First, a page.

White Paper: Professional Services Marketing is Dead; Long Live Professional Services Marketing
Part 5: Professional Services Marketing at a Crossroads
Those working in marketing in professional services firms have reached a crossroads.
They can either work on activities that perceivably add less value and continue to be seen by partners as operational functionaries or they can choose to redefine their role. In the new role, they can act as valued ‘consultants’ and ‘coaches’ to fee-earners and partners and support the critical interactions that add real value to the firm by generating work opportunities with new clients or existing clients.
In reality, the second option is the only way to prove to doubting partners that marketing is not a second-tier function or simply an ‘overhead’ within the firm. To act as a ‘consultant’ will mean learning, practising and developing a new hitherto ‘hidden’ set of skills and abilities not traditionally considered part of the marketing manager’s toolkit.
Likewise, professional services firms’ leaders have reached a crossroads.
In the excellent research report oft-quoted in this White Paper by Source Global Research the authors conclude that professional services leaders need to:
“Liberate rather than constrain the marketing talent they already have within their midst”.
We wholeheartedly agree.
Professional services leaders can either continue to constrain their marketing teams by treating them as operational functionaries who carry out the bidding of the partners, entrusting them solely with activities that add little value to the firm or they can acknowledge the vital role their marketing teams could play in supporting them on critical client facing interactions.
Choosing the first of these options will do little to change the perception that marketing is a “dead end position” and continue to limit and underestimate the value marketing can bring to the firm.
The second option is likely to liberate the marketing talent within the firm and enable the marketing team to support activities that determine the success of the firm.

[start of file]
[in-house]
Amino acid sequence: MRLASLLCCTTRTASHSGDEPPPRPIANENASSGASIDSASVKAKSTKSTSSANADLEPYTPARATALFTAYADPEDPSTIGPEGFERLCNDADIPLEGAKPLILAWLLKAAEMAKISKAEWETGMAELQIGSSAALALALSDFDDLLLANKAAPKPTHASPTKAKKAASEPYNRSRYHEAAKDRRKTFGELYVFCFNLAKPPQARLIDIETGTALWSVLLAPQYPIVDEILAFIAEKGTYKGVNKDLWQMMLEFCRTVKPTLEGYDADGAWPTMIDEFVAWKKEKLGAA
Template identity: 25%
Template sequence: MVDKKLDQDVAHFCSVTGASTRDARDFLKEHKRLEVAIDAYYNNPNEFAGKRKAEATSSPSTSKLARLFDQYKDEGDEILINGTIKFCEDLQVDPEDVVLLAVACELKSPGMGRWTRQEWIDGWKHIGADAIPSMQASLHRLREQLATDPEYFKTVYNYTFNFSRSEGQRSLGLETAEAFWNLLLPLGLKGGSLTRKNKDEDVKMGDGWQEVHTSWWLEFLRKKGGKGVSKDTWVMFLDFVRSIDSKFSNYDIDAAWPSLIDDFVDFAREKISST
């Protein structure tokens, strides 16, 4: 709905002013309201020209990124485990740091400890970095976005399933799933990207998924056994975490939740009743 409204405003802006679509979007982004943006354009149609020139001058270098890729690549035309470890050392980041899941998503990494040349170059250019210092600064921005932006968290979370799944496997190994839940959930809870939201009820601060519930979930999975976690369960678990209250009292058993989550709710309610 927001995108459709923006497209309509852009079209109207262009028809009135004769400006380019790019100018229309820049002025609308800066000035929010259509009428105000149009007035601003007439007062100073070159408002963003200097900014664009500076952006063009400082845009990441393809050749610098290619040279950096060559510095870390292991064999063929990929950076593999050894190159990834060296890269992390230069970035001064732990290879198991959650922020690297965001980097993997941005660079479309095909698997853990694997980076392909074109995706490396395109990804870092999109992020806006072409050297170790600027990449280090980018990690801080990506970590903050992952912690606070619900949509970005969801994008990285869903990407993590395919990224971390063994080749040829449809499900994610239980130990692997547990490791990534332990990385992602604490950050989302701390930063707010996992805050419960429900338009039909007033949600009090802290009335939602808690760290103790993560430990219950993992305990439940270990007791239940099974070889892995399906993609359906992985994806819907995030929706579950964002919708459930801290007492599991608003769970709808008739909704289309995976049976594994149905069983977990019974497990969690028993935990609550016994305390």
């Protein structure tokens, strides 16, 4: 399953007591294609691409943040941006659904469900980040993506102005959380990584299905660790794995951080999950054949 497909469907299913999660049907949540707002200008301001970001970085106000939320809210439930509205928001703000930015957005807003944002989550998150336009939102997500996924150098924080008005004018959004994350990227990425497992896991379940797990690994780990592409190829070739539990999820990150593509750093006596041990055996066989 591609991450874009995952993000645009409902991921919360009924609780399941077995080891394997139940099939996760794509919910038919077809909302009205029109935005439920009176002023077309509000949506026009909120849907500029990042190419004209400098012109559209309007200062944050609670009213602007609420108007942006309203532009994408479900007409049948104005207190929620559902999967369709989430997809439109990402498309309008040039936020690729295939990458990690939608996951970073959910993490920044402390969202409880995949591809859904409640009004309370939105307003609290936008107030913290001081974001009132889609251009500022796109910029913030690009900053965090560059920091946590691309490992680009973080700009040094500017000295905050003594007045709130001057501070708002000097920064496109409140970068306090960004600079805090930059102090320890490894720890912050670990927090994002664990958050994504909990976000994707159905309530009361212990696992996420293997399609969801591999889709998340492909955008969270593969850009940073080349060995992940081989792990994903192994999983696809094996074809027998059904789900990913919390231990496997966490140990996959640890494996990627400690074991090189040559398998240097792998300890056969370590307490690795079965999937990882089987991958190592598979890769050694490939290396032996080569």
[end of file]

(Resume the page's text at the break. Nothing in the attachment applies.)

The first step for senior management teams in professional services firms must be to accept the key role marketing can play and determine whether these talented individuals are being used to their full potential in the firm. For sceptical partners who continue to see marketers as operational functionaries, this will likely be a difficult step to overcome.
The second step is for those responsible for learning and development, together with partners and heads of marketing, to define the ‘hidden curriculum’ they believe will lead to success for their firm. This too will be a difficult task because, as Jesse Sostrin from PwC predicted, these skills might be ‘concealed, ambiguous and undefined’. We hope this white paper has provided a good place to start.
Once the hidden curriculum has been defined, firms should empower their marketing teams by giving them the opportunity to learn, practise and develop these new ‘consulting’ skills.
Finally the leaders of firms need to liberate their marketing teams and enable them to put their new ‘consulting’ skills into practice. This will be particularly challenging for partners who have become used to significant levels of autonomy and consider themselves to have sole authority. For this reason we suggest the hidden curriculum for professional services marketers should also include skills to successfully navigate the social and political dynamics found in many professional services firms.
Another option for firms to consider is how to better integrate their marketing teams and fee-earners. We would suggest that all junior fee-earners are given the opportunity to spend time in the marketing department in order to better understand the role that marketing plays in the firm and the value it creates. Likewise we would suggest marketing teams are given the opportunity to shadow and observe client engagements in order to better understand the role of the fee-earners and how they can add value to the professional relationship.
Professional Services Marketing is Dead; Long Live Professional Services Marketing
There is little doubt about the vital role marketing can play in professional services firms.
That said, marketing teams can only play such a role if they shift their focus from activities that perceivably add little value to the firm (even if they are taken from the traditional marketing toolkit) and instead start to influence and consult on the critical client facing interactions that will determine the success of the firm
Similarly, by acting as ‘consultants’ and ‘coaches’ for partners and adding real value to the firm – by informing, challenging, influencing, generating opportunities and solving problems – marketing teams can prove beyond doubt to sceptical leaders that they deserve a place in the top-tier.
Likewise partners and professional services leaders should realise it is in the firm’s best interest to invest in some new chairs. These should be put in each partner’s office with one placed in the boardroom. Most importantly, they should all be permanently reserved with a sign that reads:
 Not forgetting other support functions such as HR/IT/Admin